Monkeys Love Their Alcohol
But proving the “drunken monkey” hypothesis has been an exhausting—and messy—endeavor.
In 1990, biologist Robert Dudley was enjoying a beer on a wide veranda overlooking a dense rainforest canopy. It had been a long, hot day on Barro Colorado Island, a six-square-mile landmass in the Panama Canal that’s become one of the world’s most researched rainforests thanks to the Smithsonian Tropical Research Institute there. Dudley was there to study insects, but that afternoon he was thinking about monkeys. As he sipped his beer and looked out at the spider monkeys plucking the ripe fruits of a hog plum tree (think delicious little mangoes), he began to wonder if they too might be drawn to alcohol. He could smell the sickly sweet scent of the fermented fruits from the veranda, and it seemed the monkeys could too.
In 2015, Dudley turned this “drunken monkey” theory into a book, The Drunken Monkey: Why We Drink and Abuse Alcohol, which hypothesizes that humans’ proclivity towards alcohol first arose from our monkey ancestors smelling their way to ripe, nutritious, alcohol-laden fruits. Dudley pulled together related research and case studies in his book, but now, seven years later, a new study conducted on Barro Colorado is the first to directly analyze and subsequently support Dudley’s theory.
To track the alcohol consumption of black-handed spider monkeys, Christina Campbell of California State University, Northridge, the lead author of the new study, and graduate student Victoria Weaver spent 12-hour days following the monkeys through the rainforest. Waking up before dawn, they’d hike into the forest to find the monkeys before they woke up and started moving through the 100-foot-tall canopy. As Campbell and Weaver followed, they’d collect the fruits the monkeys would discard. (Monkeys usually only take one bite of a fruit before throwing the rest to the forest floor.)
It’s challenging and physically demanding work, says Campbell, who spent two weeks trailing the animals before Weaver took over the majority of the fieldwork. “The monkeys tend to go across the tops of the trees and so they’re doing fine, but you’re having to go up and down hills to catch up with them. And they move fast.” Oftentimes, Campbell and Weaver couldn’t even see the monkeys they were following. “You’re just kind of following movement in the trees more than knowing that you’re actually following a particular monkey and you kind of hope like hell that when they stop to feed again, you’re still with them.”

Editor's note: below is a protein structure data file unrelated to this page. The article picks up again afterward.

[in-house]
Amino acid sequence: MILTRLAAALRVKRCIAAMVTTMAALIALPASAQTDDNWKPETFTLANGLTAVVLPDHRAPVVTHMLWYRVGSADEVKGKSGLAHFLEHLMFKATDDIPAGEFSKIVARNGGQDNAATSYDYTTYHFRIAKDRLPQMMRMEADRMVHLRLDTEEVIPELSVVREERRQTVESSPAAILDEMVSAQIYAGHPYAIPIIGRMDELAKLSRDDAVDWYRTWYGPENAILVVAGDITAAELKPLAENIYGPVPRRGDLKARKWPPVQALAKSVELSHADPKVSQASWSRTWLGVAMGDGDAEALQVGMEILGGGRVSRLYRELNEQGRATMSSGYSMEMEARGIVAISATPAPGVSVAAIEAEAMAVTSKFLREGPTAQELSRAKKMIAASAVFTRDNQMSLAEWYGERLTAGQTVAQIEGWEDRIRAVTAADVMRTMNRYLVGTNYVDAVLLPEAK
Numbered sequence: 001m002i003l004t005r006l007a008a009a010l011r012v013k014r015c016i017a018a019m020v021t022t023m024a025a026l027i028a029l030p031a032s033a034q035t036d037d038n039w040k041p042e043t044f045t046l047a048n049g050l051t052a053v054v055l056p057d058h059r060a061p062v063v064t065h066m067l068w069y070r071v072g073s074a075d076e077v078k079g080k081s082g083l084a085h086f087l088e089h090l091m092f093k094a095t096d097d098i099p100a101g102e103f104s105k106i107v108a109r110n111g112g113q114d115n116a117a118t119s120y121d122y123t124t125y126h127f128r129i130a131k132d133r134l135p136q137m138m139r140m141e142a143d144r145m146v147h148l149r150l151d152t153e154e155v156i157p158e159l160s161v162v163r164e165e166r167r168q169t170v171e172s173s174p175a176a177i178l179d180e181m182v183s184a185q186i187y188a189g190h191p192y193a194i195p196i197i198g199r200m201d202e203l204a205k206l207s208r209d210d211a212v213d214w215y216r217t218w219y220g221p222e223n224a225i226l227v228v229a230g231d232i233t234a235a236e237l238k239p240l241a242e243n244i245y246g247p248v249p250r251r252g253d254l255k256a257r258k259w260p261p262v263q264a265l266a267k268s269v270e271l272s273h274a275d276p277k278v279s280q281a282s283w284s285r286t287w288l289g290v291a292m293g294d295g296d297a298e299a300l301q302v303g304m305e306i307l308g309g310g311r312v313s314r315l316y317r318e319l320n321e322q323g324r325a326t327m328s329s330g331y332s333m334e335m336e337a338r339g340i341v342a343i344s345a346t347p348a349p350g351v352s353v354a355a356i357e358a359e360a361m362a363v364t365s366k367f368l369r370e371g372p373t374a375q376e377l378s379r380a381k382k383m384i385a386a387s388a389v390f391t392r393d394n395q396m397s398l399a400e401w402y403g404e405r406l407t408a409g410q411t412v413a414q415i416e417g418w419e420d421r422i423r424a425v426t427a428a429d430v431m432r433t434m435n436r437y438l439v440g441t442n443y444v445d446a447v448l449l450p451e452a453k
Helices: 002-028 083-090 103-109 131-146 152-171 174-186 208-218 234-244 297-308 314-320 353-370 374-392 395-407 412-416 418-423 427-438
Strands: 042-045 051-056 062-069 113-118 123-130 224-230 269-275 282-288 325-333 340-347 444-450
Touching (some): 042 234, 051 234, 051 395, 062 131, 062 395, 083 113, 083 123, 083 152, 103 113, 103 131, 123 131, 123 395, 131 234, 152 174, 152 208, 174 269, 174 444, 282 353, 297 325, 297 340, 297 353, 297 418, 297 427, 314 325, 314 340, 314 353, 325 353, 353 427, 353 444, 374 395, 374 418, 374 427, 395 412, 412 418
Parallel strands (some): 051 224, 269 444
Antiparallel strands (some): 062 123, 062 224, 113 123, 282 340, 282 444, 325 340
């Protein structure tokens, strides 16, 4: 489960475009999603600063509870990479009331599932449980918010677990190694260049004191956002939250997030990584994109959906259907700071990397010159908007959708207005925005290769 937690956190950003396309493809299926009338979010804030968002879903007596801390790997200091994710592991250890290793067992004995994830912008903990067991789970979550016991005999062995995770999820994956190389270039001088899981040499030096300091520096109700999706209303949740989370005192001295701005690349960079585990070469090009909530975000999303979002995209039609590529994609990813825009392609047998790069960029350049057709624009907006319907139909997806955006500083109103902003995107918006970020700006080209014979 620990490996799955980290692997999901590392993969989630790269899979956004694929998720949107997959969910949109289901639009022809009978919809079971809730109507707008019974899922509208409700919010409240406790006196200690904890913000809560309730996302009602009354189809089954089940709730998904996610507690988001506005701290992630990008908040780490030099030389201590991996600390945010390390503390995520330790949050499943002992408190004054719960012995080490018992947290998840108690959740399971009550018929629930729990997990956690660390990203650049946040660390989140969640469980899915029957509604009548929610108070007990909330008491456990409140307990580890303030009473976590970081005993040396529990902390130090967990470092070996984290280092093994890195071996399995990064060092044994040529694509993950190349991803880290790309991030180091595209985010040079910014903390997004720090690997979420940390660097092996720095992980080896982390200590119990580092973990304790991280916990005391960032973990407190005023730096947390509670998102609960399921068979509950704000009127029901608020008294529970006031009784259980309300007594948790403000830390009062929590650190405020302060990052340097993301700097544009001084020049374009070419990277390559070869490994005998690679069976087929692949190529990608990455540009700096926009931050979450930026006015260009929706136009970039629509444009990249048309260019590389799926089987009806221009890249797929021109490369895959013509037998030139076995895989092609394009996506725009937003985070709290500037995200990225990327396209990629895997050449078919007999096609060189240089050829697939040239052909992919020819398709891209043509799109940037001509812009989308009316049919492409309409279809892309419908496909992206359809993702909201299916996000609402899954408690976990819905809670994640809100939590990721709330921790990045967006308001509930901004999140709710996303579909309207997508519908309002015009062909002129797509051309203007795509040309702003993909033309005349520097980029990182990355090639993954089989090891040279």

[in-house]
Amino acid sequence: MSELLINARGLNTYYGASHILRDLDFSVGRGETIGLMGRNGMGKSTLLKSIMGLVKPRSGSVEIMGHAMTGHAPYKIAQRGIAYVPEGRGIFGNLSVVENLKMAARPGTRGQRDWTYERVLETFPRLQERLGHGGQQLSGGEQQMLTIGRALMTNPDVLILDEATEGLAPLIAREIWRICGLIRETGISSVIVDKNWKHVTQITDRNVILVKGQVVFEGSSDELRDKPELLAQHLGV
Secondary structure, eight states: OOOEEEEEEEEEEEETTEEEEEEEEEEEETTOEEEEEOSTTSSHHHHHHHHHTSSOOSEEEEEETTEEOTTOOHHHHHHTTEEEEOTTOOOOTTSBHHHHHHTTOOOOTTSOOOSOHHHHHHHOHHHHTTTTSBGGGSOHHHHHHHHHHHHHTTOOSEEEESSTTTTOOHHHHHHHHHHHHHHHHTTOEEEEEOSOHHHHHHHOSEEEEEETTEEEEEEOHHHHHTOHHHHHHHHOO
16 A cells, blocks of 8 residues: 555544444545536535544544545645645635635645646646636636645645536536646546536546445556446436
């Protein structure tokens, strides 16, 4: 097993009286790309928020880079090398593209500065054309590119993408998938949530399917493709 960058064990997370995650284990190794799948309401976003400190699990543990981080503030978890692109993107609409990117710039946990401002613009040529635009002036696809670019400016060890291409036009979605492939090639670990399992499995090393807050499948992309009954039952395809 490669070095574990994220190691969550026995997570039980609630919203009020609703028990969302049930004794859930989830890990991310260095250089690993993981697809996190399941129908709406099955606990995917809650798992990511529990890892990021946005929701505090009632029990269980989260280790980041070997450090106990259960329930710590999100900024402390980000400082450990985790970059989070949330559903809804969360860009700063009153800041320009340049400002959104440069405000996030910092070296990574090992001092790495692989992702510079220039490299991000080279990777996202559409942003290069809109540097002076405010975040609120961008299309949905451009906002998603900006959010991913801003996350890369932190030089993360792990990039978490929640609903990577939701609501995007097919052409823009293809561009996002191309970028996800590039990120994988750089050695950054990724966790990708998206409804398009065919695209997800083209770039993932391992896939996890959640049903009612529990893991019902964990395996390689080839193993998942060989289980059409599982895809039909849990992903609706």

Testing conducted on the monkeys’ discarded fruits, which all came from hog plum trees, showed that on average each piece of fruit had an ethanol content somewhere in the range of one to two percent. This finding supports the core tenant of Dudley’s hypothesis—“that there is alcohol in fruits that primates are eating,” as he puts it.
Campbell and Weaver also managed to collect urine samples from the monkeys. Before going out for the day, Weaver would clasp a large plastic funnel that drained into a small test tube to her pack with a carabiner. When she’d notice a monkey peeing, she’d race over with the funnel and try to collect a sample. As it turns out getting peed on by primates is a bit of an occupational hazard for primatologists, jokes Campbell. “You might be watching one particular monkey and not realize that there’s another one directly above you and so we would fairly regularly get pooped on and peed on.”